The Best and the Brightest

dreamstime_xs_29054082A friend and I were reminiscing at our 40th high school reunion about, of all things, high school.  During the conversation, she made a comment about how she and our other friends were surprised that for so long my goal was to become a secretary.  The reason it surprised them, she said, was that I was one of the smartest in the class and could have done anything.

That conversation brought back memories that I have not thought about for a long time.  On one level, I knew I was one of the smartest in my class.  Grades weren’t a secret and mine were consistently at the top.  And yet I did not think I was smart enough to go to college.  It probably wasn’t until my senior year that I finally realized that if I wasn’t smart enough, who was?  There were plenty of students, with lower grades than mine, that were planning on going.  If they could, why couldn’t I?

The result is that I went to college, obtained two bachelor of science degrees and a minor, graduated magna cum laude, and did it in 4 1/2 years while working 30-40 hours a week at 2-3 different jobs.

I was one of the best and the brightest, yet I didn’t see it.

Are you in that situation?  Are you one of the best and the brightest and don’t realize it?  Would you have greater success in your life if you recognized that you are capable of achieving it?

Are there girls in your life (daughters, granddaughters, nieces) that might be in that situation?  Do they realize that they are one of the best and the brightest, that they can do anything they want?  Would some encouragement from you help them see themselves more clearly?  (And remember that boys need encouragement, too.)

Often, the thing holding us back the most is our own self-perception.  We can change that!

This entry was posted in Empower, Empowerment, Self Empowerment, Self Improvement, Self Leadership, Women and tagged , , , , , , by Susan L. Farrell. Bookmark the permalink.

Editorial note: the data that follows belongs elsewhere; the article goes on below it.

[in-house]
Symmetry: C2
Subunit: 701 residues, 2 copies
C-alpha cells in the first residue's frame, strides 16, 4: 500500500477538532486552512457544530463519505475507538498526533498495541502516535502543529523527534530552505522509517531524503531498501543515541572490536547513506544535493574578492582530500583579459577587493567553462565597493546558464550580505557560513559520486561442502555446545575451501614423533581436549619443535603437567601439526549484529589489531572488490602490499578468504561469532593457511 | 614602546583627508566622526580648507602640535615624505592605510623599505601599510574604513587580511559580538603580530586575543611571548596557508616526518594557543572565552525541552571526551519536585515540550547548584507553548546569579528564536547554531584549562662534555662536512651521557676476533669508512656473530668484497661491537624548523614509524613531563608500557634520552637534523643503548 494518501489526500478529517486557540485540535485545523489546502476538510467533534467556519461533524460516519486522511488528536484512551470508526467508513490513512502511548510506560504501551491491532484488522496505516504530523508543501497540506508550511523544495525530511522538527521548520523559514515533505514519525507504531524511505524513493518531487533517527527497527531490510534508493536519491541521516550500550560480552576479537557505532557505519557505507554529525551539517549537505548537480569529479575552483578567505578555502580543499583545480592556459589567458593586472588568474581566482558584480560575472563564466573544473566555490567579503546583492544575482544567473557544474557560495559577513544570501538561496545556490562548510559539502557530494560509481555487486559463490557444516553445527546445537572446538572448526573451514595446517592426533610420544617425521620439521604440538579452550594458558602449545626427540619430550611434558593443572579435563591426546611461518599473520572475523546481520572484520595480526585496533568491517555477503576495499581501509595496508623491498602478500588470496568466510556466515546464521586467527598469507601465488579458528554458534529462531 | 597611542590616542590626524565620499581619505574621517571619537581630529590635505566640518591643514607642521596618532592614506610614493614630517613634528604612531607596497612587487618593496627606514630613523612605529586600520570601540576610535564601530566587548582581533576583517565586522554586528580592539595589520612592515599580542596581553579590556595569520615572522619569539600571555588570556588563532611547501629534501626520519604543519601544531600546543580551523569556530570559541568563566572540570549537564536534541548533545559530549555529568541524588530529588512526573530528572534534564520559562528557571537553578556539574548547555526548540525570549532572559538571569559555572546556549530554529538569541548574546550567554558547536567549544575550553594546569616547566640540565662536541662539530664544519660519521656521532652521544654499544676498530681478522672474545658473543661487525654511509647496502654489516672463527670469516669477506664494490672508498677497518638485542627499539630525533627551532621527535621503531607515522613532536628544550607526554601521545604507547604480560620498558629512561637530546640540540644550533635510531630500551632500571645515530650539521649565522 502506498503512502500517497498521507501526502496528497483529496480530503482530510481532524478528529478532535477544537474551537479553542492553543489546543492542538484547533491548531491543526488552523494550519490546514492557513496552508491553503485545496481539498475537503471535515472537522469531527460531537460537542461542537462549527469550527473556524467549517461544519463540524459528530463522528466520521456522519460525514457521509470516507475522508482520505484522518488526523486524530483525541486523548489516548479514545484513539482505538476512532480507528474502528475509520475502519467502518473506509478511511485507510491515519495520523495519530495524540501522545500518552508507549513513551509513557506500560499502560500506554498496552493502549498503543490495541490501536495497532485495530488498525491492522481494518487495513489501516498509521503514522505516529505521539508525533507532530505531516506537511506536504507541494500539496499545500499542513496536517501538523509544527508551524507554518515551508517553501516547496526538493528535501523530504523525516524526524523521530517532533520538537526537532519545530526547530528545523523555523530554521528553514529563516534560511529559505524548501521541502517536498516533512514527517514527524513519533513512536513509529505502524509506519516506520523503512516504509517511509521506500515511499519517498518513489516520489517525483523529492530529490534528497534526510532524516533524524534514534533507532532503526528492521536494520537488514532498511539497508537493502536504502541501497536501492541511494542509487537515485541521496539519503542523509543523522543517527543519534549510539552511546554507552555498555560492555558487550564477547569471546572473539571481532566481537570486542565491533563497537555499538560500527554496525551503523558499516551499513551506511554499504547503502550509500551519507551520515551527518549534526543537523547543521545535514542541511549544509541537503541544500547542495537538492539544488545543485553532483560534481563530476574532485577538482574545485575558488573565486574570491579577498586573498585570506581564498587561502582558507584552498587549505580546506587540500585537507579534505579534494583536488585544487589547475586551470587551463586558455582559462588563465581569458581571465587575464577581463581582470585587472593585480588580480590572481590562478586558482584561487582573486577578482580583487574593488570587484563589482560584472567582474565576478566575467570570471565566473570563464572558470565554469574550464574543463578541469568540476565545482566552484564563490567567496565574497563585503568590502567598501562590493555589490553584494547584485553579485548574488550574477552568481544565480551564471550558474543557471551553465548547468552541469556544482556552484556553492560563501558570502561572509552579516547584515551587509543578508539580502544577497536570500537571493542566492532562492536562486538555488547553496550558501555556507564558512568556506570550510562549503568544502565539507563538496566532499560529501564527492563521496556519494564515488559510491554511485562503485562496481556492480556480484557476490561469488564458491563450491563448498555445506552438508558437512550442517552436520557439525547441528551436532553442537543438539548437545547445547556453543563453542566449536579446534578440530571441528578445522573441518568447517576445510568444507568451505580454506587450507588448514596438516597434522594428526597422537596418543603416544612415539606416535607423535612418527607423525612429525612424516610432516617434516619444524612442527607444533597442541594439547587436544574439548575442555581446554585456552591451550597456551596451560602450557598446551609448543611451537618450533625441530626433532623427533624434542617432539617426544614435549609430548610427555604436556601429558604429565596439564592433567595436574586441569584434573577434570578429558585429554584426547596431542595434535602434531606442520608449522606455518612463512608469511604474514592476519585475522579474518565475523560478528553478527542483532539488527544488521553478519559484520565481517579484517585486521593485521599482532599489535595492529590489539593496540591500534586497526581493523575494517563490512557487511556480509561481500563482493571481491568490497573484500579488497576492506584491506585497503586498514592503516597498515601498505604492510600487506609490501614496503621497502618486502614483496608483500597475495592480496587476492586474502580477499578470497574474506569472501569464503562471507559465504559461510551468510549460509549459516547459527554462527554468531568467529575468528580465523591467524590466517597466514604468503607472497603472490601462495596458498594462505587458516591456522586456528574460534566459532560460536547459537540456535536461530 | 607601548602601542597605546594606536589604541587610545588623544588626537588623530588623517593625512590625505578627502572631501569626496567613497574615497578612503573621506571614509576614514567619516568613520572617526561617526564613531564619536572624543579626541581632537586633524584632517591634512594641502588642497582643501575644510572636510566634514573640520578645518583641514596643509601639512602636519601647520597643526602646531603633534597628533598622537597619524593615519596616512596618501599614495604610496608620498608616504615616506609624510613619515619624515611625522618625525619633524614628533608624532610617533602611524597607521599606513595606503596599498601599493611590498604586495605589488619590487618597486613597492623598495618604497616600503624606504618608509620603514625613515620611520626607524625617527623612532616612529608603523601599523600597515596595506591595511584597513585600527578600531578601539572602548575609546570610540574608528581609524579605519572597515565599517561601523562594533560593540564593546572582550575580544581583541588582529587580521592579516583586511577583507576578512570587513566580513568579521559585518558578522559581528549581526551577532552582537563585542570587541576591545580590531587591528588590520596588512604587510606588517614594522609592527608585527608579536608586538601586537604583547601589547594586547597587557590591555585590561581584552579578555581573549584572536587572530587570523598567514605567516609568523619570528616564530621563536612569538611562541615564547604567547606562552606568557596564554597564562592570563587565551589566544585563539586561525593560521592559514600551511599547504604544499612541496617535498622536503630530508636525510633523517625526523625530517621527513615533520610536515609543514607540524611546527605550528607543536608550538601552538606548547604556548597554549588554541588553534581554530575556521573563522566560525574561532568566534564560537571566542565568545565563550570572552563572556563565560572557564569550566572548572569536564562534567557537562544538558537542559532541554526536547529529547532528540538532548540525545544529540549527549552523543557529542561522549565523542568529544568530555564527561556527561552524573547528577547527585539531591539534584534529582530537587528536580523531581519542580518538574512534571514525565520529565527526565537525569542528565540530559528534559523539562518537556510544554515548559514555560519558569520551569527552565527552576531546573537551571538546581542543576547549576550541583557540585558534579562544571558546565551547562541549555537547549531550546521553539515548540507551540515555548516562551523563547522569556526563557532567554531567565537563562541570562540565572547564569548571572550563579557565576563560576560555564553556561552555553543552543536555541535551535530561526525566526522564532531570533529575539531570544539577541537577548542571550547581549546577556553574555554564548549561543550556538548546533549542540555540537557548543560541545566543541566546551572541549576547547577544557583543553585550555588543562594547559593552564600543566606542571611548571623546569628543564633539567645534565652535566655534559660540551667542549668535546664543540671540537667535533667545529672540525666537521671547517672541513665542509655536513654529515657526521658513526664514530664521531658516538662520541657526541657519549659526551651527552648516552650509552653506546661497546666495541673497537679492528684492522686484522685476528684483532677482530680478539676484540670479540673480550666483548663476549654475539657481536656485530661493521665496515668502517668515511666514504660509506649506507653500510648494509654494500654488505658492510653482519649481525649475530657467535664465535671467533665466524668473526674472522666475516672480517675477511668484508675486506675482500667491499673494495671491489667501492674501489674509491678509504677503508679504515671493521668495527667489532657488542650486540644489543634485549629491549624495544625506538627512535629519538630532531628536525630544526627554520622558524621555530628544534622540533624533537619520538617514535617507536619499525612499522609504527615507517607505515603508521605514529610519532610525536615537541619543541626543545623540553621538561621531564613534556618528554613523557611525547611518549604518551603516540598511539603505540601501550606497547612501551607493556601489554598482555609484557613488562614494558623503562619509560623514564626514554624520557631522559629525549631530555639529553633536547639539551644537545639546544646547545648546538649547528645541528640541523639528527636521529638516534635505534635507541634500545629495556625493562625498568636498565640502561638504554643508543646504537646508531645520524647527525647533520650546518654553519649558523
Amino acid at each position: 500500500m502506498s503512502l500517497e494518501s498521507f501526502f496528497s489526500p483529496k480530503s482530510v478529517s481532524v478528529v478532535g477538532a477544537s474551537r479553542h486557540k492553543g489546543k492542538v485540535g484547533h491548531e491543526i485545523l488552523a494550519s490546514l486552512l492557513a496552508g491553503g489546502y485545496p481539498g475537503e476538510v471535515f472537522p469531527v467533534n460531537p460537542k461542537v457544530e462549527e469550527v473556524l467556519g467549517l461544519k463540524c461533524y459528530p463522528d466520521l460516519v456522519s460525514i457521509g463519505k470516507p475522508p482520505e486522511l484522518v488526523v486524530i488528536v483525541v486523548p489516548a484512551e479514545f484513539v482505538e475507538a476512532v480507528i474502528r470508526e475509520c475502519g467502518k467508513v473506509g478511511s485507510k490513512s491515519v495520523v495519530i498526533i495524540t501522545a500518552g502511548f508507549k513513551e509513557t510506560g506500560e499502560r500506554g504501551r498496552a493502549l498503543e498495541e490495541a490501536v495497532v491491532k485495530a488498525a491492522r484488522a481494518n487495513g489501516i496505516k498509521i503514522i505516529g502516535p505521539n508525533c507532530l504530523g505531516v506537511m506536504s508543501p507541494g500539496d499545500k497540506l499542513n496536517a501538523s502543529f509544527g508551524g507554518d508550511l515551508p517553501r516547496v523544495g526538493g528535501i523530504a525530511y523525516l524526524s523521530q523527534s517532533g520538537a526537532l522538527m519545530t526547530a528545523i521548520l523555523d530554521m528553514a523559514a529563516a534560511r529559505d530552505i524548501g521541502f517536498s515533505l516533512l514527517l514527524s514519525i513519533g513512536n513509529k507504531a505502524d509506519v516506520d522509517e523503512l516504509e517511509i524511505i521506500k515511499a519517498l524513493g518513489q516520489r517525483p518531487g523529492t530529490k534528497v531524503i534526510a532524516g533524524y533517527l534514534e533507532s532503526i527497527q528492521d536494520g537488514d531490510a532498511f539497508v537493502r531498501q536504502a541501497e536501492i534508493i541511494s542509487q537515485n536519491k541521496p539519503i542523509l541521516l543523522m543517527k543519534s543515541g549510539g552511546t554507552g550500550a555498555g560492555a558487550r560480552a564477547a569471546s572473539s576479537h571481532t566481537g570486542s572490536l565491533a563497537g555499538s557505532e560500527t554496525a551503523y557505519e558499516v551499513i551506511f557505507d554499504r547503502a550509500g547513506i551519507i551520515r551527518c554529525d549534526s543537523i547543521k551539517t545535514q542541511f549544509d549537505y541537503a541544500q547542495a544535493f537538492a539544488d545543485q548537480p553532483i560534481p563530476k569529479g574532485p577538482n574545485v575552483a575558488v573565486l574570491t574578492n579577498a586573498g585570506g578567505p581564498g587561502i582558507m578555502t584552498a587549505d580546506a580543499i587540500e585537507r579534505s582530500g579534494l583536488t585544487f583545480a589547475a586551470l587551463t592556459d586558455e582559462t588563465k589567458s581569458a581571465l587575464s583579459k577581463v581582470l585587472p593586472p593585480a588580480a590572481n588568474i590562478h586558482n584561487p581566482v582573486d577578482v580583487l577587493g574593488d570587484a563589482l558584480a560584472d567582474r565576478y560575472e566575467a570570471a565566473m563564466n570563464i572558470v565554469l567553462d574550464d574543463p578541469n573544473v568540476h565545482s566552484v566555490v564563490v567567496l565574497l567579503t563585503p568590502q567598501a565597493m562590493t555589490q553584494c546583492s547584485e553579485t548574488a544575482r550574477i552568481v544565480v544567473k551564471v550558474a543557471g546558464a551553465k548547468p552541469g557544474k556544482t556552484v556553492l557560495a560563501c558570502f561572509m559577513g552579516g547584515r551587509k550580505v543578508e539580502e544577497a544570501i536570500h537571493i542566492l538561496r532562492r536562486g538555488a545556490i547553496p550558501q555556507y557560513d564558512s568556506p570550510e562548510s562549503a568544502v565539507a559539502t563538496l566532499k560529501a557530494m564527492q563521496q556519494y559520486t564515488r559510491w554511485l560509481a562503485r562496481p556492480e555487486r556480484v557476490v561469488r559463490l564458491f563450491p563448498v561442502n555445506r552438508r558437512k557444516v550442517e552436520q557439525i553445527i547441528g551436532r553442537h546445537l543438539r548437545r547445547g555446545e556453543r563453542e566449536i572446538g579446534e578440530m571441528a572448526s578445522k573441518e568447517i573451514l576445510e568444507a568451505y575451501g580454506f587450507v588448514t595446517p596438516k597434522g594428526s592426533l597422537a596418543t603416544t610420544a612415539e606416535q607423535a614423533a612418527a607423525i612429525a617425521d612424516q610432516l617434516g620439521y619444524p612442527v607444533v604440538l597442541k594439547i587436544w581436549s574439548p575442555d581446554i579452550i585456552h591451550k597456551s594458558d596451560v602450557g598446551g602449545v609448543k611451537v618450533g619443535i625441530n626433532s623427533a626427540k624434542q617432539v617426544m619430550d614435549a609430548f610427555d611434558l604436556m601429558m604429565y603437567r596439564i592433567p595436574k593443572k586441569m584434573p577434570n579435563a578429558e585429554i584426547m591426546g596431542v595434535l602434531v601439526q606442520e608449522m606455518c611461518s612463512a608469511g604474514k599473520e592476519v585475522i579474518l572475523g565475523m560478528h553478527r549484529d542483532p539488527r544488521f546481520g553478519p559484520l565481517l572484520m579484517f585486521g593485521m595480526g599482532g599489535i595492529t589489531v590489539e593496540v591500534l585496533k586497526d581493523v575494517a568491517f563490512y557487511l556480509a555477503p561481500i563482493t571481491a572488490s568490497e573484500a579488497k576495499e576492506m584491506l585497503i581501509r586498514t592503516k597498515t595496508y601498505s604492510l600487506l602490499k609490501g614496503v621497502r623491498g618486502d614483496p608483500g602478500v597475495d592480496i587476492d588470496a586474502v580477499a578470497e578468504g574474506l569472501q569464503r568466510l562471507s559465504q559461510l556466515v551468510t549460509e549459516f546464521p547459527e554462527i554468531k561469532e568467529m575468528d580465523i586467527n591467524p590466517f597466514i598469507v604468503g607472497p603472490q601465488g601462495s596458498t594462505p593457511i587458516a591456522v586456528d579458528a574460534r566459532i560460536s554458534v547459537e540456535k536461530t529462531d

About Susan L. Farrell

Susan has always loved to learn. One BS in college was not enough; she obtained a double major with a minor. Years later, she returned to college for an MBA. Susan also believes deeply in learning everything possible from personal and professional experiences.Her first career out of college was with a national health care company. She quickly moved from the facility level to division, field, and corporate levels. When she left she had been an executive director with national responsibilities for several years.As owner of SLF Consulting & Training, LLC, Susan assisted clients with the challenges of combining customer satisfaction, cost control, and regulatory compliance. Her business acumen made her a sought-after speaker which led to a successful speaking career. This, in turn, led to her current writing career on self-empowerment for women.A normal extension of a love of learning is a love of teaching. Susan has accomplished this in various positions through teaching and training her employees, co-workers, associates, and customers. She has taught as an adjunct instructor at business colleges. She has informally coached employees, associates, and friends in advancing professionally and personally. She now assists others through her books, blogs, and newsletter.She is the author of "Don’t Act Like Prey! A Woman’s Guide to Self-Empowerment," a book on respectful assertiveness as an option to passive or aggressive behavior. "52 Weeks of Wisdom, A Woman’s Guide to Self-Empowerment," is designed to provide ideas to encourage women to think about what they do, why they do it, and do they want to change. "3 Good Choices: Change It, Accept It, or Leave It; A Woman’s Guide to Self-Empowerment" discusses how to make positive choices in all aspects of life.Susan lives in rural Wisconsin with her husband and three cats.

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